Video Game Review from the Vault: Receiver

(Posted to my Facebook page on April 28, 2015)

Reciever was a weird game a picked up for like a dollar during a Steam Summer Sale. What is Reciever? It’s a first person shooter designed to explore extensive gun handling mechanics. What do I mean by that? Well, this game features three weapons (A S&W Model 10, a Colt 1911A1 Semi-Automatic pistol, or a Glock 17), one of which you’ll randomly spawn with, along with a random number of bullets and magazines and even possibly a Flashlight. This game is extensive. To reload a weapon, you don’t just tap one button and watch your character go through the motions. If it’s the revolver, you’ll need to manually, by pushing each button individually, open the revolver, eject the spent casings, and then load each round individually before closing the gun. Miss a step and your gun might not fire at all. The Semi-Auto pistols are even more complicated, especially if you only have on magazine and need to reload mid-combat. Eject the magazine, holster your gun, place the bullets into the magazine one at a time, draw your weapon, load the magazine, release the slide. There’s a separate button for each of those functions (A little overlap on some) and in the heat of the moment you might accidentally drop your magazine, forget to release the slide, and it becomes a hectic experience. Even the buttons I mentioned are just scratching the surface. You can rotate the revolver’s cylinder, check the chamber for a bullet, switch your magazines (If you have extras) and more. It’s a really fascinating experience, and just toying around with the weapons can be a lot of fun.
The game itself is a walk through an infinitely looping complex looking for 11 tapes which will explain to you some jargen about these people named “Recievers”, but that’s not important. You’ll also find spare magazines, bullets, and flashlights along the way which will help, and enemies to impede your progress.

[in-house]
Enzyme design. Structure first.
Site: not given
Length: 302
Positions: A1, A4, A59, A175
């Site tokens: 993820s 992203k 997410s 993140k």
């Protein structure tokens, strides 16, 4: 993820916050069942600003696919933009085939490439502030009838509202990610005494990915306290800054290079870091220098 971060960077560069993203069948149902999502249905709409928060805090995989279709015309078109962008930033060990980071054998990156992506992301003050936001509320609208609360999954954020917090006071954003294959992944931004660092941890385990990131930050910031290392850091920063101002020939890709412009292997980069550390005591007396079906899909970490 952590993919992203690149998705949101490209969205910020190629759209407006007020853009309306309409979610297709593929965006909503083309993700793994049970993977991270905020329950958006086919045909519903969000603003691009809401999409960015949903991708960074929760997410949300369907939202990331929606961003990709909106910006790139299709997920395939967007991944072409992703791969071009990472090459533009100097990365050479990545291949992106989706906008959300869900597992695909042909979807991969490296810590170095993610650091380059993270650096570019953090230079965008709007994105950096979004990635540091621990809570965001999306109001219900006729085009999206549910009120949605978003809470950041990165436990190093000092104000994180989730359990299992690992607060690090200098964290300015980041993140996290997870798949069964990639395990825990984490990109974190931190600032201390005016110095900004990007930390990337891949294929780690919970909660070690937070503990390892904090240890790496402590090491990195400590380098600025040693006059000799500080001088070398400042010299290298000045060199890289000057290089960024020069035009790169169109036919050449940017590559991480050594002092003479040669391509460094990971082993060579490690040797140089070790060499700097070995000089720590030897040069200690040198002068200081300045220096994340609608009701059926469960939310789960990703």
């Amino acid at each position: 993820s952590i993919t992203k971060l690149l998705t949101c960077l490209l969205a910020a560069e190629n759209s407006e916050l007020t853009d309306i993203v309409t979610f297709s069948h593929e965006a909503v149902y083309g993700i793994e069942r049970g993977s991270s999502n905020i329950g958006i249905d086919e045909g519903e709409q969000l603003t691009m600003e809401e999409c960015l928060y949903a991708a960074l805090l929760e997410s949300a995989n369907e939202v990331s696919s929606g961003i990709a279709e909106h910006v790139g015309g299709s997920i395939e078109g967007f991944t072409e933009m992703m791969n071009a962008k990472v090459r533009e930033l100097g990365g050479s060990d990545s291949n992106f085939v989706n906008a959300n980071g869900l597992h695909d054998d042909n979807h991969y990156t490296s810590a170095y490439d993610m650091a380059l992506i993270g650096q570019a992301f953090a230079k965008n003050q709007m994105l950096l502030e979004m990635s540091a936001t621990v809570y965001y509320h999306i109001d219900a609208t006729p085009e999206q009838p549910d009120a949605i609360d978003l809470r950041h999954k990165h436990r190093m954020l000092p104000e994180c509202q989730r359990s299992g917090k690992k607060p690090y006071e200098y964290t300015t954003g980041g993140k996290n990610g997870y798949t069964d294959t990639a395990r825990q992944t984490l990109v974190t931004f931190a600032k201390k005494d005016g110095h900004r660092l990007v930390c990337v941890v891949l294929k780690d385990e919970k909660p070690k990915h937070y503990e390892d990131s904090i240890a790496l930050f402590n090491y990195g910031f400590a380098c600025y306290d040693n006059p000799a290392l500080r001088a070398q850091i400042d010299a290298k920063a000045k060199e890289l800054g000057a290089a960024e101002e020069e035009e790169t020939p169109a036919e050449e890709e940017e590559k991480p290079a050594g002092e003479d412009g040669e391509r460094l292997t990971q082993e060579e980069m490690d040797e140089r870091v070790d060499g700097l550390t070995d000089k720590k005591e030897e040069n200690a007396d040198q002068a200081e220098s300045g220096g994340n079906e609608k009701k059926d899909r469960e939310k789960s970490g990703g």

There are only two enemy types, but they compliment each other perfectly. A stationary turret can’t move and rotates slowly, but can shoot accurately from a distance. A noise will tell you when it has locked on to you and it’ll give you a brief delay before it fires. It can’t usually look up at all, which can be exploited to give you an edge. The other enemy is a flying drone. It moves quickly and is tough to shoot, but can only use its taser on you up close. It’s also loud, which can help you detect it early. These two enemy types compliment each other perfectly, and be it in one of the complex’s open rooms or tight corridors, the game can really get tense.
The music can indicate when an enemy is close (If you hear no music, you’re most likely safe, except from some miracle turret shot from the next room over). It makes things both tense, and lets you breath a sigh of relief when you’re in the clear and loot the rooms you’ve cleared.
This is also a pretty difficult, unforgiving game. You can pretty much only take one hit from either enemies (Depending on where you’re hit, you MIGHT be able to live a single shot from a turret, but I’m not positive on that) and you can’t fall from a very far height without dying right away. If you’re dead, it’s a start from the beginning kind of game. Still, for how short the game is (A successful run, from people I’ve seen online, usually takes 30 minutes to an hour) it does make sense.
On the downside, the complex/tape-hunting quest is the only thing in this game. It would have been really neat to see some multiplayer in this game (Imagine how hectic THAT would be!) but at the same time, I understand why. This game was actually created in a week for a 2013 game competition, and for how much time was given, it’s very well done. I really hope that the creator uses this engine for a full game in the future, that could be really interesting.
Still, for what it is, a $5 little experiment, it’s well worth a look. It’s a rough sketch, but one that’s worth experiencing.
I give Receiver a 3 out of 5


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